Given the significant step up from arbitration to litigation, it can be worth talking to your chosen litigation lawyer about your chances of success. More often than not, this comes down to how much evidence you have to allow for a conclusion in your favor.
The only way to know is by presenting your evidence to a lawyer who can advise on your chances. They can analyze what you have and even suggest other courses of action if they don’t believe a court case is in your best interest.
You Have Something to Gain From Litigation
Some of the best litigation lawyers in the industry can fight for a satisfactory outcome, but it’s worth considering whether what you gain at the end of the process is worth going through litigation for in the first place.
If monetary compensation is your preferred outcome, that may only be an option if the defendant has assets for you to collect on. That may not always be the case. However, you may believe it’s worth pursuing litigation if there’s something significant to be gained at the end of the process, such as asset protection or money.
Your Lawyer Advises It
You may contact your lawyer with a problem you’re facing when you’re not sure what to do about it. You may want to keep you, your business, and your employees safe but are unsure how to do this without taking legal action.
Once you talk to your lawyer about what is going on and what you’ve already done to try to rectify the situation, they may recommend litigation. Prior to their advice, you may not have understood what your options are. Sometimes, your first port of call can be a lawyer, even if litigation doesn’t end up being the option you choose.
You Want to Set a Precedent
Even if you’re not 100% certain about whether litigation is going to produce a desirable outcome, it might be an ideal option for your business if you want to set a precedent.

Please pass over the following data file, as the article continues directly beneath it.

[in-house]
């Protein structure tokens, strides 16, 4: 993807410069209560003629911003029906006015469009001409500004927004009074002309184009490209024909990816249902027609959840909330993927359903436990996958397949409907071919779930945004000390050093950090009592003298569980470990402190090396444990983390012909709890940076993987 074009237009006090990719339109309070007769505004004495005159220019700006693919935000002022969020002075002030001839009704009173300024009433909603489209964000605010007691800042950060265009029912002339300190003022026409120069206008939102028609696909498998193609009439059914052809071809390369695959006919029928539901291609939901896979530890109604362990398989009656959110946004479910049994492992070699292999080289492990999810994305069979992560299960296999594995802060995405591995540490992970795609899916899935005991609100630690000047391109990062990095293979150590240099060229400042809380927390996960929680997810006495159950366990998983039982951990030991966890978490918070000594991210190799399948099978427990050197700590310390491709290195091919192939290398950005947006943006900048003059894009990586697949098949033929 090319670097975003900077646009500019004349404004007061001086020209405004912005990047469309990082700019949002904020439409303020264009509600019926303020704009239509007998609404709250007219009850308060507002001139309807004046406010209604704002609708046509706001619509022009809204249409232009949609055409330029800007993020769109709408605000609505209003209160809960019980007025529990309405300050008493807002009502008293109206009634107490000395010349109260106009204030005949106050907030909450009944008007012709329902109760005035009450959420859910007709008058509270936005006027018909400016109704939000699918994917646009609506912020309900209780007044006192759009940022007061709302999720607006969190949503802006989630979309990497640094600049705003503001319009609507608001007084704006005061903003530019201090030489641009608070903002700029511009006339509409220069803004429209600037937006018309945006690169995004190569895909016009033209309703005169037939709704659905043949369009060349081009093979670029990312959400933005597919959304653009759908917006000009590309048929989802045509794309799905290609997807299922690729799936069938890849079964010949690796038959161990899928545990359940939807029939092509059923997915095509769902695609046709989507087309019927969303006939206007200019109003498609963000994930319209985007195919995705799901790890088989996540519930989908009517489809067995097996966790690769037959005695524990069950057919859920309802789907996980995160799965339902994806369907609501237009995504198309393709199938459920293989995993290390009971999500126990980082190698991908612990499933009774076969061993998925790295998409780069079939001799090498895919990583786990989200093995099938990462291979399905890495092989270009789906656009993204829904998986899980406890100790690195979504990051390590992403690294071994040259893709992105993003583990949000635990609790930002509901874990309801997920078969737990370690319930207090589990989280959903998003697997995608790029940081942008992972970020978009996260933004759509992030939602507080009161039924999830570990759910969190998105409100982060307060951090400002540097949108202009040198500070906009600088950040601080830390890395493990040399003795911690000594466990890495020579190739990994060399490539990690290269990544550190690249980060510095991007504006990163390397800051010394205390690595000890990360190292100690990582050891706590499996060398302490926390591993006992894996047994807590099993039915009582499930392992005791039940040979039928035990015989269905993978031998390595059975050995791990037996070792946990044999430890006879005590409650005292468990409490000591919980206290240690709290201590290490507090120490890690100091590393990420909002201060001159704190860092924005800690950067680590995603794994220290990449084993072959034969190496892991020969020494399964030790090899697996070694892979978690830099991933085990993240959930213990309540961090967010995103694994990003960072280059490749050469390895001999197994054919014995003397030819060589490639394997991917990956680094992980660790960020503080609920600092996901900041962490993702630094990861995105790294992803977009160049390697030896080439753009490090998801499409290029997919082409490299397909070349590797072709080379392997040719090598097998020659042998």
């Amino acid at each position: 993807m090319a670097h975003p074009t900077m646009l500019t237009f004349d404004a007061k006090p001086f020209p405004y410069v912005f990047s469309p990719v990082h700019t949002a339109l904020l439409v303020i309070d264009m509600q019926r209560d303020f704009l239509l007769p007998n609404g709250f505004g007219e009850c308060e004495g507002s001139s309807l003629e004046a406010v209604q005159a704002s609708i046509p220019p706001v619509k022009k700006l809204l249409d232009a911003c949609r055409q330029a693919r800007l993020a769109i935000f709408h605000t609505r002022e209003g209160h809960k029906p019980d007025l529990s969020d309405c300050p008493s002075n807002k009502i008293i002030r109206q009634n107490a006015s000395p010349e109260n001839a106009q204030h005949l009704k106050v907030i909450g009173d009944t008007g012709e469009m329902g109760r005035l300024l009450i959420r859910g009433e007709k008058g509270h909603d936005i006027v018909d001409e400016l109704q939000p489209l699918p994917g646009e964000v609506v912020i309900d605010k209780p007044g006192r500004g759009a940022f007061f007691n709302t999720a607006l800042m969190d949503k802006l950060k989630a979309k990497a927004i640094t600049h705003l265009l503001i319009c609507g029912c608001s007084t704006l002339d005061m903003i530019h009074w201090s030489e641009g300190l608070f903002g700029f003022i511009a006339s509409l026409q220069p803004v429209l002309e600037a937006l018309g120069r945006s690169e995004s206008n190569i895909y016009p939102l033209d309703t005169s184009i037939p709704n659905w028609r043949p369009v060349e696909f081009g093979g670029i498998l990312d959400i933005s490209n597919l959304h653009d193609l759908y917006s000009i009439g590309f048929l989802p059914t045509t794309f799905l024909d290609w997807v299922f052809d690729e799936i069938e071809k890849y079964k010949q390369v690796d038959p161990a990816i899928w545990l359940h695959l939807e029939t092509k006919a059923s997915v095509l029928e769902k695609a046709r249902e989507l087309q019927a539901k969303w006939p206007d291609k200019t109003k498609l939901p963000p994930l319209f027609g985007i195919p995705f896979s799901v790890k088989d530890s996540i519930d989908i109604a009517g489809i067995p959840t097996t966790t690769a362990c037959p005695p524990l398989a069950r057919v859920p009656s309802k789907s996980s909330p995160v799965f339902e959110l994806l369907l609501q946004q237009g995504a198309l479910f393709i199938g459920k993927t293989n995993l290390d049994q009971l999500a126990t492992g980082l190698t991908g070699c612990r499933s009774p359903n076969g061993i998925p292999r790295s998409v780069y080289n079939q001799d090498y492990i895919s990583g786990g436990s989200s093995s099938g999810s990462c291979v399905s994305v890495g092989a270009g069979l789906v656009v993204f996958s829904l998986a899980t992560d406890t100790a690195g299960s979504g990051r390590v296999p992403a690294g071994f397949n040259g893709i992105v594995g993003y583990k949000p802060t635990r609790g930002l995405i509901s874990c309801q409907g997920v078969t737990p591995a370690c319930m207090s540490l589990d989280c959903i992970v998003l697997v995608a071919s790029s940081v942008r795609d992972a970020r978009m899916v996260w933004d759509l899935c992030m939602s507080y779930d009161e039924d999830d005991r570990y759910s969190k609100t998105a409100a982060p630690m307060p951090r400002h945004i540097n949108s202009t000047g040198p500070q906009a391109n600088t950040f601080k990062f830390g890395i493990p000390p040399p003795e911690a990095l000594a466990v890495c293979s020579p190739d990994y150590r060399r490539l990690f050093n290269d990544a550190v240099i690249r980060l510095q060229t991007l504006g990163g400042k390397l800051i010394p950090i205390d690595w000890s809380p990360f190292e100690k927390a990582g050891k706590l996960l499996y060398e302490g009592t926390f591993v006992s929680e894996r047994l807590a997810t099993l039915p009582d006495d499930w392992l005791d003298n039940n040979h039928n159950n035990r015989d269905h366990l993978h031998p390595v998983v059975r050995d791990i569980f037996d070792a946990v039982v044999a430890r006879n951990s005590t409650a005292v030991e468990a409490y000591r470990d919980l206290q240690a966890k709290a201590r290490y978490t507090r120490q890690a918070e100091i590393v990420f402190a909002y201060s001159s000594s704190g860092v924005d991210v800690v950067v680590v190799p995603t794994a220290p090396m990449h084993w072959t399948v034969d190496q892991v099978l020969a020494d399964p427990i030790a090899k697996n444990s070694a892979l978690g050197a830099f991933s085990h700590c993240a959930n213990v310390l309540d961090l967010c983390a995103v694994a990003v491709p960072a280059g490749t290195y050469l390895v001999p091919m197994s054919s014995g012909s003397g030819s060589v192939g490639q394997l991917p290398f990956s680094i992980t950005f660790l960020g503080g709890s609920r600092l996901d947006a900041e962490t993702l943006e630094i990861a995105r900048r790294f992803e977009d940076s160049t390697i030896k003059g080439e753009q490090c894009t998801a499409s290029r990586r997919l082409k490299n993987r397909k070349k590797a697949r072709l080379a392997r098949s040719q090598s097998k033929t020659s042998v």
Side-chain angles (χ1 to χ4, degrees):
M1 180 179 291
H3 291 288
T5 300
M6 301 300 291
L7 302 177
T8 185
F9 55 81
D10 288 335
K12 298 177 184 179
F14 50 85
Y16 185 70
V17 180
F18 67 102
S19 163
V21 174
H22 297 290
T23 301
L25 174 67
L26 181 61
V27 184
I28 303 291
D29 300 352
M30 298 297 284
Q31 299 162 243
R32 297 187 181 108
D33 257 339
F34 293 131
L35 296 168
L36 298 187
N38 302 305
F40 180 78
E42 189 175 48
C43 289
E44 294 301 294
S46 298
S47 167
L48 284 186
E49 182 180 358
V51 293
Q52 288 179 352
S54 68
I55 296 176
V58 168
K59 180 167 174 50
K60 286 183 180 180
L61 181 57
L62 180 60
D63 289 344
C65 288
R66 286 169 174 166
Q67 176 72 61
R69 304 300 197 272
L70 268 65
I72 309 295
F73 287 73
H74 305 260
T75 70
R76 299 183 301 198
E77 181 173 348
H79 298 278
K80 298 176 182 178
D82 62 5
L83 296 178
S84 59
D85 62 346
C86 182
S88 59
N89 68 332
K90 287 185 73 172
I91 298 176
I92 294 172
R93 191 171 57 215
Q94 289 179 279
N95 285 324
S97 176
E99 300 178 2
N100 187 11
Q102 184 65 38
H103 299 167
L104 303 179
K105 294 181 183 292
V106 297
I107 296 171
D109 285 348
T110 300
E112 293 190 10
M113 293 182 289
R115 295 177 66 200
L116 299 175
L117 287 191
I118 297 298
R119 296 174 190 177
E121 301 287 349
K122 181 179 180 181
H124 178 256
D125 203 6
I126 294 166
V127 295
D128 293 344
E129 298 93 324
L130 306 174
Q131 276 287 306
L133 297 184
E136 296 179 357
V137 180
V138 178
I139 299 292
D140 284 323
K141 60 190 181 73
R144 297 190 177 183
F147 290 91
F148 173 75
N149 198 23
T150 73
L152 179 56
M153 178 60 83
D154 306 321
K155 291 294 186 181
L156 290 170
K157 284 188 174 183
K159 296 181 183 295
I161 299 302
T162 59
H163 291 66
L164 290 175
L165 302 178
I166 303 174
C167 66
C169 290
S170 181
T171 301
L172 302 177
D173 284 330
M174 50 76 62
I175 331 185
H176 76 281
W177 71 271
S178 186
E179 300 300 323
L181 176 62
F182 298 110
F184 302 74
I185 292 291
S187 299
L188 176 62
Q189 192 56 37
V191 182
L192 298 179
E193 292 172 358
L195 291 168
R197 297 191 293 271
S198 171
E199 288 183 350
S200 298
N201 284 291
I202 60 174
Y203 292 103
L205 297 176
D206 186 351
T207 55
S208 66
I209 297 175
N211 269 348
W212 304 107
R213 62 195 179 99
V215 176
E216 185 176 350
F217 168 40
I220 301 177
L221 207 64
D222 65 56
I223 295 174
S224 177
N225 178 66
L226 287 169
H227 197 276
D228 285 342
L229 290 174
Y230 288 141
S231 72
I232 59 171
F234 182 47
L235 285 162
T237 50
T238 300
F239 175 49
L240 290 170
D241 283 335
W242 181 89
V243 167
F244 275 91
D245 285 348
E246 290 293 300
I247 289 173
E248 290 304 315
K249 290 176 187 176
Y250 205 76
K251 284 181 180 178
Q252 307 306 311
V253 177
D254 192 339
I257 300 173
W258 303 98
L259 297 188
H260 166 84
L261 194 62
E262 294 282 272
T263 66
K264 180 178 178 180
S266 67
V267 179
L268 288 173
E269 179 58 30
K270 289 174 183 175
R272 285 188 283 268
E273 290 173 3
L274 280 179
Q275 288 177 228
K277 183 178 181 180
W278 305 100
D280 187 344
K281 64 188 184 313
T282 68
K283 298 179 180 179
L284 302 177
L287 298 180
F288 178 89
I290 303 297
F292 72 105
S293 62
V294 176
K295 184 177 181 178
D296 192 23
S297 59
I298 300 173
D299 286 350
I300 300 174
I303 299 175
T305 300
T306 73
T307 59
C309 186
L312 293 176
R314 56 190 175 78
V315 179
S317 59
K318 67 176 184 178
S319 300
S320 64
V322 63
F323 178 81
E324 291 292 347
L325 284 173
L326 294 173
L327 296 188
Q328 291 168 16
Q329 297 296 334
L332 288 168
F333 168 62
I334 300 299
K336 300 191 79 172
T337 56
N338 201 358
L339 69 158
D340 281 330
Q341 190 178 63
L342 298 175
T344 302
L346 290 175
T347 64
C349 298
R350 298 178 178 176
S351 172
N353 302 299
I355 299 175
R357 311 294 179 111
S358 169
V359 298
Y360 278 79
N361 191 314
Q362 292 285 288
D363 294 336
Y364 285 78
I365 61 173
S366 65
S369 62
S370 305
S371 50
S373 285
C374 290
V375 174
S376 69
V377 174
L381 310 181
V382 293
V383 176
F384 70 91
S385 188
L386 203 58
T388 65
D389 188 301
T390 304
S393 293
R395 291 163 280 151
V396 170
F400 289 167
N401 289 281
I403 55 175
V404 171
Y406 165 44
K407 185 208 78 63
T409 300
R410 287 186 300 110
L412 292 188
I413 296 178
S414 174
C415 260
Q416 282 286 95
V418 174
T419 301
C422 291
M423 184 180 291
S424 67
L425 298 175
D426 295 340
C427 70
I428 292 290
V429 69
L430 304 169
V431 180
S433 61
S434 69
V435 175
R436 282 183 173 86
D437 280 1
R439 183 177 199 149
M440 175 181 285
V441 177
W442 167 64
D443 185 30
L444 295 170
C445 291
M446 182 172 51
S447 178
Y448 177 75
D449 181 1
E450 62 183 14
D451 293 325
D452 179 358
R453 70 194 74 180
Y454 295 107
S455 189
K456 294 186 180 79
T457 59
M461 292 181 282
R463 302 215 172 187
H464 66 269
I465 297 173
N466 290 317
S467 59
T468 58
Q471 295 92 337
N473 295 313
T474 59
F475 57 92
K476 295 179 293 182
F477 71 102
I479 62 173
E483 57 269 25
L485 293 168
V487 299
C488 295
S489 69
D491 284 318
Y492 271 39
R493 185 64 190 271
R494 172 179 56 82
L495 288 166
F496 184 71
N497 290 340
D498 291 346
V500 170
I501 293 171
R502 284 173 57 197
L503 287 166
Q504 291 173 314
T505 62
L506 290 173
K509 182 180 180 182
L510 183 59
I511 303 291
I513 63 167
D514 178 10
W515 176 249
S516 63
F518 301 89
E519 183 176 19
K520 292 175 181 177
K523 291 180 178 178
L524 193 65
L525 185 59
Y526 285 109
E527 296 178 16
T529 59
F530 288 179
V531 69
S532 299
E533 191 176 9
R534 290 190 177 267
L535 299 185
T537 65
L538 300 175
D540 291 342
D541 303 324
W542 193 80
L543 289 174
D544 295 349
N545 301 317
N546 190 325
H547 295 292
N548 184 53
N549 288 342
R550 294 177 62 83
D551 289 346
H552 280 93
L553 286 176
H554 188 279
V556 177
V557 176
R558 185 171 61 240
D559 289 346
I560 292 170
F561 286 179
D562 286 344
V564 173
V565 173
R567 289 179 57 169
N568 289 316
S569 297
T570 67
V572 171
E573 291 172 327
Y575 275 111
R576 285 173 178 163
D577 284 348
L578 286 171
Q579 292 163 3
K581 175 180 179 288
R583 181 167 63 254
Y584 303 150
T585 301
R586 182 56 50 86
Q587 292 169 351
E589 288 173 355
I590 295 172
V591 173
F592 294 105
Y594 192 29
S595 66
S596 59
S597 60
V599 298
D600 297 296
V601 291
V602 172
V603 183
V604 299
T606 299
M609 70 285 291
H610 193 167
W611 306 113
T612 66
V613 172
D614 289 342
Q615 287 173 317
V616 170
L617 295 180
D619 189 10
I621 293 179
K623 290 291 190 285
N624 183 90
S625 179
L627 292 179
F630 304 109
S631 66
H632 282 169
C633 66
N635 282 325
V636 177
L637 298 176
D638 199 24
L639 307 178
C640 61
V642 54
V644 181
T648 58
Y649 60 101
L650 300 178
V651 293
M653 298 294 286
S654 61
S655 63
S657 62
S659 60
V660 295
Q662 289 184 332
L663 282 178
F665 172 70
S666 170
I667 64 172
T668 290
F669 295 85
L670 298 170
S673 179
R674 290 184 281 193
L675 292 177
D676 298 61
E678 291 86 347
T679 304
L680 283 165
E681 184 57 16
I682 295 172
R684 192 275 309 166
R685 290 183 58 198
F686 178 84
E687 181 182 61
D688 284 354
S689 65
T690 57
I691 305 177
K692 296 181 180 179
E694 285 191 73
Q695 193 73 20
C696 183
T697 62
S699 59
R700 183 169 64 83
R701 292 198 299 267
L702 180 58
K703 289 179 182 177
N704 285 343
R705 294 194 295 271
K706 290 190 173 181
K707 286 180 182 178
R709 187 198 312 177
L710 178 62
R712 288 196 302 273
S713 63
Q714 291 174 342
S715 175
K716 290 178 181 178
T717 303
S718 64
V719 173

Choosing to go through with it can send a message that you won’t be coerced into giving in and aren’t going to roll over to any claims made against you or your company. Doing so may discourage companies and individuals from making claims in the future.
To Protect Your Intellectual Property
Intellectual property refers to trade secrets, copyrights, patents and trademarks that are the property of your company. Significant investment can go into creating intellectual property that forms part of your everyday business, which means you likely want to protect it at all costs.
To show others that you will go to great lengths to shield what’s yours, litigation can be a wise decision. It can be even more critical if another business intends to profit from your intellectual property, which ultimately impacts your bottom line.
However, before going to litigation, make sure all patents and copyrights are valid. This can save a considerable amount of stress if they are found not to be in a court of law.
Deciding to go to litigation is not always a straightforward decision to make. There are so many advantages and disadvantages to weigh against each other and other options to try first. However, if you believe it’s the right call for you, a business litigation lawyer may be worth calling to get the ball rolling.